Google encrypts keyword data. Who it hurts? Who it helps?

We all know by now that Google likes to change things up every now and then. Most marketers expect this and have strategies in place to bounce back from these changes quickly, but on September 23, 2013 Google threw marketers everywhere for a curve ball.

Since October of 2011, Google has slowly been increasing the percentage of keywords they were keeping hidden from marketers making it more and more difficult to obtain useful keyword data. But as of last Monday, Google made its grand announcement: All organic keywords will be encrypted from marketers. Dun, dun, dun!

Is this new change indeed a sentence of marketing doom, or is it an opportunity to strengthen an industry that has become all too dependent on keywords to drive traffic to their websites?

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Google why would you do this?

Google claims that this new change is primarily to protect the information of their users. The encryptions in 2011 were only protecting users that were signed into their Google account. However, with claims that Google was providing the National Security Agency with information on their users, they are now fighting against said allegations by keeping ALL of their user’s information private, therefore blocking the NSA from obtaining search data.

Another justification for this change, popular among marketers, is that by making keywords obsolete, Google is gently nudging marketers toward Google Adwords.

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Who does this hurt?

Many advertisers are reliant upon keywords to help them drive traffic to their websites. So what happens now that the keywords are unavailable to them? It is all a matter of How reliant they are. Advertisers who focus on creating quality design, authentic content, and solid a website have already discovered the importance of using masterful techniques to drive traffic. However, those that hold their keywords near and dear to their hearts are sure to feel this change in a negative way.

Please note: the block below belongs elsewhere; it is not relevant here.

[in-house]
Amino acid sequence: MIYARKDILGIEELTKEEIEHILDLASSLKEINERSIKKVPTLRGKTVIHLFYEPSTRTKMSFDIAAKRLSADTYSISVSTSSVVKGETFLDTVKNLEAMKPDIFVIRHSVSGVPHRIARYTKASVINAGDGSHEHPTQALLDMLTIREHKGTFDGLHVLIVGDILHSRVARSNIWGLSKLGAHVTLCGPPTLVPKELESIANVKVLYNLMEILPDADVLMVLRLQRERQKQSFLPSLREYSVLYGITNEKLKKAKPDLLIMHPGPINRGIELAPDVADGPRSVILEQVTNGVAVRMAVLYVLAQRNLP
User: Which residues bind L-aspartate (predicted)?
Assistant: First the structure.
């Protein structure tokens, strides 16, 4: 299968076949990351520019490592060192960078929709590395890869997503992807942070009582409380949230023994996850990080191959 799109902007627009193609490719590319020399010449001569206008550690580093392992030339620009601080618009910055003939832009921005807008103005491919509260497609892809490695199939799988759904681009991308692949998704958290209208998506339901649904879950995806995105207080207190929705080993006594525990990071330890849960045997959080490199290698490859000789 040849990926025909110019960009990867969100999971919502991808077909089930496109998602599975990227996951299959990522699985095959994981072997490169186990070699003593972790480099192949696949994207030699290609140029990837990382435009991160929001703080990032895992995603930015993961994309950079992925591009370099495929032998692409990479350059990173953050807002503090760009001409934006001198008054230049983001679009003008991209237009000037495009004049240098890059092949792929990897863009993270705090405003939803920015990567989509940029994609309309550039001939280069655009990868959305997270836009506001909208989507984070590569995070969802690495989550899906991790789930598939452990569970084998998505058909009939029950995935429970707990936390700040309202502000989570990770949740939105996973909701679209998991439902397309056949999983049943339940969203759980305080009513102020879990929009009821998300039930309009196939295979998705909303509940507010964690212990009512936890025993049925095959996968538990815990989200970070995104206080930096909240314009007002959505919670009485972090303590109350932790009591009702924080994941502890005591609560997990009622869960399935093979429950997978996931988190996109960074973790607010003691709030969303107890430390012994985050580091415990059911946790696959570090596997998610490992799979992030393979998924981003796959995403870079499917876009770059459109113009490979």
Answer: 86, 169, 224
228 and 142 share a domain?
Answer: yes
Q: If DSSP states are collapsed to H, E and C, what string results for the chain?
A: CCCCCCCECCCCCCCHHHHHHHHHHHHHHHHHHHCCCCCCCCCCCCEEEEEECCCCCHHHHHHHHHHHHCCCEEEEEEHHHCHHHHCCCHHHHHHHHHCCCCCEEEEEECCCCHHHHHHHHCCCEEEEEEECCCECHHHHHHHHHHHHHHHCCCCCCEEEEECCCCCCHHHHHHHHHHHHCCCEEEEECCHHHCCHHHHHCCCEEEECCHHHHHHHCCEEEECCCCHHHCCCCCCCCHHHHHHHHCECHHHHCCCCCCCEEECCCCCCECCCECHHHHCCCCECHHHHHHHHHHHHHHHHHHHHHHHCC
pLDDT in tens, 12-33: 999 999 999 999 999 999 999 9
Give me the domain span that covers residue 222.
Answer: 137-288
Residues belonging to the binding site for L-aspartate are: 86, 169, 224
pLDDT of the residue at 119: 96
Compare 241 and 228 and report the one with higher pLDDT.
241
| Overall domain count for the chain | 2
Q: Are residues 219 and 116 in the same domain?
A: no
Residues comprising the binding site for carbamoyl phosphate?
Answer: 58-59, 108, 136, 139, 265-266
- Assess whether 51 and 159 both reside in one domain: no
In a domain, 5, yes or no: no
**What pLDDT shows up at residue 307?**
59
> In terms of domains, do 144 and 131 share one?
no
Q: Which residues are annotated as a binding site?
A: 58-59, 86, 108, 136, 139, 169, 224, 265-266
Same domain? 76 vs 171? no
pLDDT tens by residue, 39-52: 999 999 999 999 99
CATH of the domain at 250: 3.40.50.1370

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Who does this help?

Well ultimately, this change helps Google. It is protecting them from being classified as an informant to the NSA and also, it is helping them create a profit from Google Adwords.

However, with the days of organic keyword data long gone, it forces marketing companies to start producing more authentic content for their customers. So while this change may seem like a big dent in the internet marketing industry, it may actually turn out to be just another way Google raises the bar and demands higher quality content.

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What are people saying?

Marketers from all around were taken off guard to hear of this change and knew SEO would never be the same.

Rand Fishkin from Moz.com explained on his Whiteboard Tuesday, that he feels this change is “Google abusing their monopolistic position.” He explains, “our tasks as internet marketers becomes far more difficult- but not impossible.”

Yes marketers are frustrated, they’ve worked hard and now feel Google is making them jump through hoops, yet again, to be successful.

However, some marketers feel that this should be looked at as an opportunity instead of a death sentence. Jason Diller from The DSM Group, wrote an empowering message to marketers explaining, “It’s not about how many keywords you rank for and what someone typed into Google to find you…it never was… It’s about totally understanding your target personas and giving them what they want.”

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Sink or Swim Time

Whether you like or dislike the new Google change, there is one thing everyone has in common – We must evolve. We wish you all the best!

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